Today’s readings present us with a probing conscience question: Do we really trust that God will care for us? Or do we have to provide for ourselves? The Theme for this week urges us to trust the Lord to meet our needs: “Only Jesus Christ has the power to fulfill the longings of our hearts…. Let us entrust ourselves to him, fully confident that he can fulfill all our needs.” And the Psalm response assures us that the Lord will provide: “The hand of the Lord feeds us; he answers all our needs.” But do we believe this? Do we act as if we believe it? This is the question we are led to ponder today.

Today’s model of trust in the Lord is the boy in the Gospel. He has five barley loaves and two fish. No doubt he (or his mother) had thought ahead and realized he would need to bring some food with him since he was going to be away from home as he went to find Jesus. So he has enough food for himself. He looks around and see thousands of hungry people. As he considers his few loaves and fish, and the vast crowd, he may be thinking something similar to what Andrew says: “What good are these for so many?” Clearly his food is no good at all to meet such a huge need.

What should the boy do in this situation? According to a strictly worldly way of thinking, the boy should hide his food and keep it for himself. It is not his fault that others have not provided for themselves, and it will not help them if he gives away his food and goes hungry. He might as well take care of his own needs. This way of thinking and acting makes sense to us, but it is not the way that God acts. It is not the way that Christ teaches his followers to act.

The boy has been listening all afternoon as Jesus taught the people. He heard the Lord talk about how his Father cares for his people, and about the greatest commandments, love of God and love of neighbor. He is moved to bring his food to the Apostles and offer it to Jesus, trusting that God will somehow take care of him, even as he gives away all that he has. We know the result: Jesus multiplies the boy’s gift such that it feeds all the people, and there are twelve baskets of food left over.

Surely Jesus could have miraculously produced bread and fish by himself without needing the boy’s gift. But this is not the way God usually chooses to act. He prefers to include us as participants in his saving work. He wants to teach us to think and act as he does, and this means giving ourselves away completely in love for others, as he does. We do not learn to love as God loves merely by reading about it, or by watching. We learn to love by acting with love toward those around us.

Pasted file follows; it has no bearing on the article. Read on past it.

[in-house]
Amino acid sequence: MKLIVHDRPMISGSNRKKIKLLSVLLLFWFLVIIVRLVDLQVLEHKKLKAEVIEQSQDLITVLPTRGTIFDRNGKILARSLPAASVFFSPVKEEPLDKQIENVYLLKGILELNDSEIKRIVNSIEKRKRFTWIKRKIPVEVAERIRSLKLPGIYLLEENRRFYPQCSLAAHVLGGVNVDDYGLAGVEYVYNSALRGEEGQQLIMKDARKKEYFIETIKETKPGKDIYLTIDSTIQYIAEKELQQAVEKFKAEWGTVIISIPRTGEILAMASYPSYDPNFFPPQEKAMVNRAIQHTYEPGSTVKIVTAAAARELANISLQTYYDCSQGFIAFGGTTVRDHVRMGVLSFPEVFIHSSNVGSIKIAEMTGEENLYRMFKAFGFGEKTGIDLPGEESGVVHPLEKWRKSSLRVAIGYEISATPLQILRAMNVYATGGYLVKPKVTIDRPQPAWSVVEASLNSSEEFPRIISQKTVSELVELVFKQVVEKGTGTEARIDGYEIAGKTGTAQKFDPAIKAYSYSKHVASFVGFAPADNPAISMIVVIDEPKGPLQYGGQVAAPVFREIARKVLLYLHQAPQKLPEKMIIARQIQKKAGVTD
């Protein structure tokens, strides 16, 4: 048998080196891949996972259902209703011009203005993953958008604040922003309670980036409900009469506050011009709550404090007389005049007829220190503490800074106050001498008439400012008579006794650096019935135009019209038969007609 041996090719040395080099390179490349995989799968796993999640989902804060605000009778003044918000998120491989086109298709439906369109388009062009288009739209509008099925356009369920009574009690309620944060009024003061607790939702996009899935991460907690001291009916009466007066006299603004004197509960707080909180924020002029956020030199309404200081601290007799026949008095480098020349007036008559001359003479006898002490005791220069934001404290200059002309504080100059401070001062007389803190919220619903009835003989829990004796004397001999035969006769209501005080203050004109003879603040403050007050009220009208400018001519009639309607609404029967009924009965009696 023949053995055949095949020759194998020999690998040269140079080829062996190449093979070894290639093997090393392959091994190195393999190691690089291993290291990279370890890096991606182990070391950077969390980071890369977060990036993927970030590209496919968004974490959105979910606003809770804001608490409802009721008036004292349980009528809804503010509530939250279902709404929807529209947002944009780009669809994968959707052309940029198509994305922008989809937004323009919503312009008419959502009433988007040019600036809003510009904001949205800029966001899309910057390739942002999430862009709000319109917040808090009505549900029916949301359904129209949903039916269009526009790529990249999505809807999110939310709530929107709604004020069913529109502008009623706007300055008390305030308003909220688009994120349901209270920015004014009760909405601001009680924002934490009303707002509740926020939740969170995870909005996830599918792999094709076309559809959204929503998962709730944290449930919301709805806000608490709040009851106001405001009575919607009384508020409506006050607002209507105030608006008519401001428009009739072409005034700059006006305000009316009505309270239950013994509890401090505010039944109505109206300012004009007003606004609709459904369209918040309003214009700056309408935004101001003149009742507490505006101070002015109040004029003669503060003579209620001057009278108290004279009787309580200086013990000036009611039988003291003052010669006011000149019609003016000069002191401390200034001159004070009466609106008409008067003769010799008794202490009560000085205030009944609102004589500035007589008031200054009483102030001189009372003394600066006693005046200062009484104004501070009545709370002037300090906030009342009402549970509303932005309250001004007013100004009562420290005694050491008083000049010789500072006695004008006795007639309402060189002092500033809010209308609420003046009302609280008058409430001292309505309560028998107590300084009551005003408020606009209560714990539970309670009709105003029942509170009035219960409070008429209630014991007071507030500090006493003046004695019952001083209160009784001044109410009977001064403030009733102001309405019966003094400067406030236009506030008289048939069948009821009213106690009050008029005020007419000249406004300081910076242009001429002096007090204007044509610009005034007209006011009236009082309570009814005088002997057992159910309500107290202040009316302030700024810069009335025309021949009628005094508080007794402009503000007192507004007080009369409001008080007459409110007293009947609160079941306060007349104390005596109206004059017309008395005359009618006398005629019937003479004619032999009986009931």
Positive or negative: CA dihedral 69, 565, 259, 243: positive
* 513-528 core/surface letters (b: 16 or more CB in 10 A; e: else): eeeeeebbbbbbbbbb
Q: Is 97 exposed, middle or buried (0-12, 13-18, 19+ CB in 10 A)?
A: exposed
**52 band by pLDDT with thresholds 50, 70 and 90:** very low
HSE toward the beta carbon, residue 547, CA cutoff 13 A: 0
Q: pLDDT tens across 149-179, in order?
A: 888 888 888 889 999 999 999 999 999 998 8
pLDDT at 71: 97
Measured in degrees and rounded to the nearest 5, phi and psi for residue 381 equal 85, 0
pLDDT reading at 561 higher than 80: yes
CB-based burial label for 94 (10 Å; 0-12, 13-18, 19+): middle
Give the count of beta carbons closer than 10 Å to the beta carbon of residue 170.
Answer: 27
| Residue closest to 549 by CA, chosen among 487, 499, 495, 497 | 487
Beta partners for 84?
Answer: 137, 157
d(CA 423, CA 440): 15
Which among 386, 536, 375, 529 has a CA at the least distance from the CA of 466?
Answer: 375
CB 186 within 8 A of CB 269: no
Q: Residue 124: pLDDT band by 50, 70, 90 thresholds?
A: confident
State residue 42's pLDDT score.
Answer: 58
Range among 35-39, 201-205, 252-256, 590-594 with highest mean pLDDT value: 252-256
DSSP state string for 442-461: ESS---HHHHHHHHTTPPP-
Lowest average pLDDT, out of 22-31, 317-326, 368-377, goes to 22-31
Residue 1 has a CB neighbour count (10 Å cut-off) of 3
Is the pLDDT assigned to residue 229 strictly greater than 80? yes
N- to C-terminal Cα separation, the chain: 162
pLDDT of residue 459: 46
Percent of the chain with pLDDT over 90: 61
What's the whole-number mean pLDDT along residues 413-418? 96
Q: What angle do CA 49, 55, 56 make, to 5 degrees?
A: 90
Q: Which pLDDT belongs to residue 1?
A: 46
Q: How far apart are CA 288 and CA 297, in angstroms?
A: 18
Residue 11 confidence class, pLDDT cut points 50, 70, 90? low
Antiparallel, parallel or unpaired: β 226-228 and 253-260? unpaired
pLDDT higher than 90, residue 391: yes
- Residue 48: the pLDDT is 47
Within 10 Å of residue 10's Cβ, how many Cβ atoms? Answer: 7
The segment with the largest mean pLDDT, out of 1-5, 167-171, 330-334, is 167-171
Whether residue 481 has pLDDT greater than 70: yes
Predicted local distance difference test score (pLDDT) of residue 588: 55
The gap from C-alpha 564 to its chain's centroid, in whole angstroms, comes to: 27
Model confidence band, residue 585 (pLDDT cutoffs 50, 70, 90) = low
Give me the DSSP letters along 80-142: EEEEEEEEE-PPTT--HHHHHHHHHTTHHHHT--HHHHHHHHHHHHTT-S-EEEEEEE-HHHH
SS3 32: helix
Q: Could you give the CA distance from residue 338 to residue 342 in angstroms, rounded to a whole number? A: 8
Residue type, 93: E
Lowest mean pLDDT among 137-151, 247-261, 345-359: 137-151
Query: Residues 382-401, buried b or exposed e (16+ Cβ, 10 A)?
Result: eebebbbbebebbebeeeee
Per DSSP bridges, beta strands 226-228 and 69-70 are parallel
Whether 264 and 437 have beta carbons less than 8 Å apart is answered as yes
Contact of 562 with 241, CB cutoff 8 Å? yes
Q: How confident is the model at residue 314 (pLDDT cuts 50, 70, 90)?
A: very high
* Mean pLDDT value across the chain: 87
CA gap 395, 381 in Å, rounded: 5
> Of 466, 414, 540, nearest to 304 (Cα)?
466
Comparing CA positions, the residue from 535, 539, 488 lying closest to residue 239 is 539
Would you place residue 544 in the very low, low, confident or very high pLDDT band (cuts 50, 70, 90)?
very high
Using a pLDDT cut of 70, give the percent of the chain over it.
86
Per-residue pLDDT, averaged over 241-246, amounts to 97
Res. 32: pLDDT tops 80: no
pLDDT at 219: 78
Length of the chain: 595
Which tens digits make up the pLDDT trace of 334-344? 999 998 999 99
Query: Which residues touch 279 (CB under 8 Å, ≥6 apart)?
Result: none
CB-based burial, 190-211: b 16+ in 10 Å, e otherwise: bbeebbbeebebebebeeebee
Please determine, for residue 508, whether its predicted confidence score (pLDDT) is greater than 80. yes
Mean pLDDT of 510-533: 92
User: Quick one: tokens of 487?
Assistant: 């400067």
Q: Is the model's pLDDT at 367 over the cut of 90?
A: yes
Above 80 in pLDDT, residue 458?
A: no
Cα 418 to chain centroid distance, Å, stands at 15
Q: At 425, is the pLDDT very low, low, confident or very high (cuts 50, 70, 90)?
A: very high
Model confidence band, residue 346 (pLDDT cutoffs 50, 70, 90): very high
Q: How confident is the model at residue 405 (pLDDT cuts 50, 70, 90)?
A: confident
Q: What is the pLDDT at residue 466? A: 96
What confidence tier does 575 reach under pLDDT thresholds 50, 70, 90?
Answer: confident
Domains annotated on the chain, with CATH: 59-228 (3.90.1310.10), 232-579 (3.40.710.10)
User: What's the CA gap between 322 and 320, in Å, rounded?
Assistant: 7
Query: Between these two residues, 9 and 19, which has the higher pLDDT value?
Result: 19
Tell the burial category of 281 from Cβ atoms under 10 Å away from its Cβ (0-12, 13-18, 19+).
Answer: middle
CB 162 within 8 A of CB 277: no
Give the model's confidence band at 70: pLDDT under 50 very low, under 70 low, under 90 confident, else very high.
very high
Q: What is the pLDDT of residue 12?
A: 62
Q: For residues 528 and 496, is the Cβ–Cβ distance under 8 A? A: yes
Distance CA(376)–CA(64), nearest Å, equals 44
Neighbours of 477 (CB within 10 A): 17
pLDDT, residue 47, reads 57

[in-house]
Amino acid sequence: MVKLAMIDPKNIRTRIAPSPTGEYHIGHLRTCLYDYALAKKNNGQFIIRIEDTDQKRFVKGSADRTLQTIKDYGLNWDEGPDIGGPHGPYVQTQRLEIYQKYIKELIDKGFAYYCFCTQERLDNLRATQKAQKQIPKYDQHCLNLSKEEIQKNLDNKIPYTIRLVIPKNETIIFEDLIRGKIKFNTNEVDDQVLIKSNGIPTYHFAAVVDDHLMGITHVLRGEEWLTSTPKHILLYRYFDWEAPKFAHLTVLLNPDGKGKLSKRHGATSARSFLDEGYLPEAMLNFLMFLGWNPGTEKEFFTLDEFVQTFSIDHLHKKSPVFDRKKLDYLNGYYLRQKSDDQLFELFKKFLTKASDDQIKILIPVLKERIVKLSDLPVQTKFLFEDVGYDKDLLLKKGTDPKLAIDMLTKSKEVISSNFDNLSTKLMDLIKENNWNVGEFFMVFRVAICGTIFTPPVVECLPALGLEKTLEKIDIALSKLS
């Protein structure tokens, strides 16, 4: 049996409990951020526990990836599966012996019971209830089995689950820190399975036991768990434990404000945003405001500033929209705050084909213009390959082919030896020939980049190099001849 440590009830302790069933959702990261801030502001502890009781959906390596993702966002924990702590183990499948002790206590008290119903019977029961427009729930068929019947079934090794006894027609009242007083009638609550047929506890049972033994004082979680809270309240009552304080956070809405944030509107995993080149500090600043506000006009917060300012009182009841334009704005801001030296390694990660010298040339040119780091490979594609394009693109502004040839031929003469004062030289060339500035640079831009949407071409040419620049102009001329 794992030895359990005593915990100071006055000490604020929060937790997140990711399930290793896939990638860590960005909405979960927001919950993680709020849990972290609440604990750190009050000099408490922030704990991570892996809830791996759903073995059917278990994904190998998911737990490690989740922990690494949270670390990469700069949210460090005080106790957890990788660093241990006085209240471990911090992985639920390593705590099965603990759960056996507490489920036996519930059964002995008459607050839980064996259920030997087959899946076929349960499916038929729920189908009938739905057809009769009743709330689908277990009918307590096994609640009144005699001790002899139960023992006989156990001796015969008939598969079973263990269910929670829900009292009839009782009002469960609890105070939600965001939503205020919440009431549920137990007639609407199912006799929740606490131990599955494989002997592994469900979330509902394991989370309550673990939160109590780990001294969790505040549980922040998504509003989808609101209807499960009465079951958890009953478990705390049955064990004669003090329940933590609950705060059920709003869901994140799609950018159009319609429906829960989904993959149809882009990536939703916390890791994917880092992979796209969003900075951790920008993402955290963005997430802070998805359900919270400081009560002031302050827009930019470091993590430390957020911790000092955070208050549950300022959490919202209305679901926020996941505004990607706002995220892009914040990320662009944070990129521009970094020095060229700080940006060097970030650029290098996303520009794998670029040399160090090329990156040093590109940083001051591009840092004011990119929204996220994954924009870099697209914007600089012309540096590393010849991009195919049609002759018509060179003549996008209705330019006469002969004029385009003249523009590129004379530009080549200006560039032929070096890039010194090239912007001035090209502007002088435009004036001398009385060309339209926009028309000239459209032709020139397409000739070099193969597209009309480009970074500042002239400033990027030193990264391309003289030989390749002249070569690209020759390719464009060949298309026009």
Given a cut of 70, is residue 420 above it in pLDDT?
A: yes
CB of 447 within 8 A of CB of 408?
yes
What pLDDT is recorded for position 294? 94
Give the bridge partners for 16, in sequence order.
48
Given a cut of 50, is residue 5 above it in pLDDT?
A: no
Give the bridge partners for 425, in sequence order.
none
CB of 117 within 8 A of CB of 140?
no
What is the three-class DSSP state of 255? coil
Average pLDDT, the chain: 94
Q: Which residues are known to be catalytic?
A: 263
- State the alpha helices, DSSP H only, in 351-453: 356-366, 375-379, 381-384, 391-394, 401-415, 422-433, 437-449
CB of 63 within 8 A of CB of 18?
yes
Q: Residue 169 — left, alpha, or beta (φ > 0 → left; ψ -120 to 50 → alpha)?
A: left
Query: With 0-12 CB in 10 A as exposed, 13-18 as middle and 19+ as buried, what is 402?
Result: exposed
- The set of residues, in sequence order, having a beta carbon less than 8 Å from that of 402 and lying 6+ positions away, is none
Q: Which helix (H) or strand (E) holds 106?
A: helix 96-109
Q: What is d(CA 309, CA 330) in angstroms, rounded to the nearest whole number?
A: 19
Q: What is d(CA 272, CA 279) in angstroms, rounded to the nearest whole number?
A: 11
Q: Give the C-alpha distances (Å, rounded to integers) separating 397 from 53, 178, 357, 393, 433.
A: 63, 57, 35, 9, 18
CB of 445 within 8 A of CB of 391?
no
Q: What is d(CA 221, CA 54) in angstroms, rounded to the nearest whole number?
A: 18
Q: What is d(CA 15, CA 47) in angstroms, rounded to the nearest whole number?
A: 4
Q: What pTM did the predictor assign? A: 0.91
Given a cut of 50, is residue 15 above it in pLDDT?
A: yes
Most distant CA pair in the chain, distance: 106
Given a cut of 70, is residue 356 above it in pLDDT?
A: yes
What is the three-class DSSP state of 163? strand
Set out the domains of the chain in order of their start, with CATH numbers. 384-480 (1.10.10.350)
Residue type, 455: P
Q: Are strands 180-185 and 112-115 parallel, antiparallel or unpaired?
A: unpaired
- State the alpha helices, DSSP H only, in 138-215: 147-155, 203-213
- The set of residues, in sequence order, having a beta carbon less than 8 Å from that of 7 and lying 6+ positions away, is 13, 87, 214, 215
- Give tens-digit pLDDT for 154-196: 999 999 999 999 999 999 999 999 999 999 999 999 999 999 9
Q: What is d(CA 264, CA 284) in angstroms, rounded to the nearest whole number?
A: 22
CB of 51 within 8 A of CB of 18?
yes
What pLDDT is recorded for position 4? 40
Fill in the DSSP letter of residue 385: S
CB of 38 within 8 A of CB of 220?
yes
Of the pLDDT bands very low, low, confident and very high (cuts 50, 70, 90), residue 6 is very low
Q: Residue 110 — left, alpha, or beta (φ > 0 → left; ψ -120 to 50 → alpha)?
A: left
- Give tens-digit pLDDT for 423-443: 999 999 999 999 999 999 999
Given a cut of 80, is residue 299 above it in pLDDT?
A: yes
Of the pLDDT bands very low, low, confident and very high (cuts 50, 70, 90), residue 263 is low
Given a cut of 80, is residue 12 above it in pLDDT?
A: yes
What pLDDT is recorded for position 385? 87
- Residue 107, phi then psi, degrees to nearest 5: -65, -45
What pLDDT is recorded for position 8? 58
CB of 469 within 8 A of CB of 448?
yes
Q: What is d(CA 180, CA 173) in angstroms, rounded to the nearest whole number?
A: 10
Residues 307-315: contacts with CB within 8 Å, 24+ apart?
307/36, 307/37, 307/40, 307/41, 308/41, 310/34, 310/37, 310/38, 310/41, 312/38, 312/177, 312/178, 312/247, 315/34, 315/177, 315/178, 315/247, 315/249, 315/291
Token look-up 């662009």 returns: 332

We see the same process at work in the first reading. A man makes a gift of some barley loaves to the prophet Elisha. It is not nearly enough to feed the people, but Elisha assures his servant that God will work in such a way that this gift will be enough, and there will be some left over. The small gift will be multiplied by God to become an abundance.

In the second reading, St. Paul gives us a practical instruction on what it means to live with trust in God and to consider the needs of others before our own. He urges us: “live in a manner worthy of the call you have received, with all humility and gentleness, with patience, bearing with one another through love.” When we are practicing humility, gentleness and patience, we are choosing what is good for others rather than simply providing for ourselves.

This is not only what Jesus taught with his words. It is above all what he showed us as he gave up his own life out of love for us, to save us all from sin and death. Looked at purely from a worldly point of view, it does no good for one man to sacrifice himself in the face of a world full of sin and suffering. But Jesus is not merely a man – he is God and man. And when God is working, what seems like an insignificant gift can be multiplied into a fantastic abundance.

The Lord invites us today to imitate the boy in the Gospel – not to hoard our few possessions in an attempt to provide for our own needs, but to entrust all that we have, joyfully and generously, to the Lord, trusting that he will use it to produce an abundance for others, and for ourselves as well.

Do I entrust myself fully to Jesus, confident that he alone can fulfill the longings of my heart? Do I act and think as Jesus by giving myself away completely in love for others? Like Paul, am I striving to be humble, gentle, and bearing with one another through love?

Excerpt from The Anawim Way, Volume 17, no. 6. More information about The Anawim Way may be found here.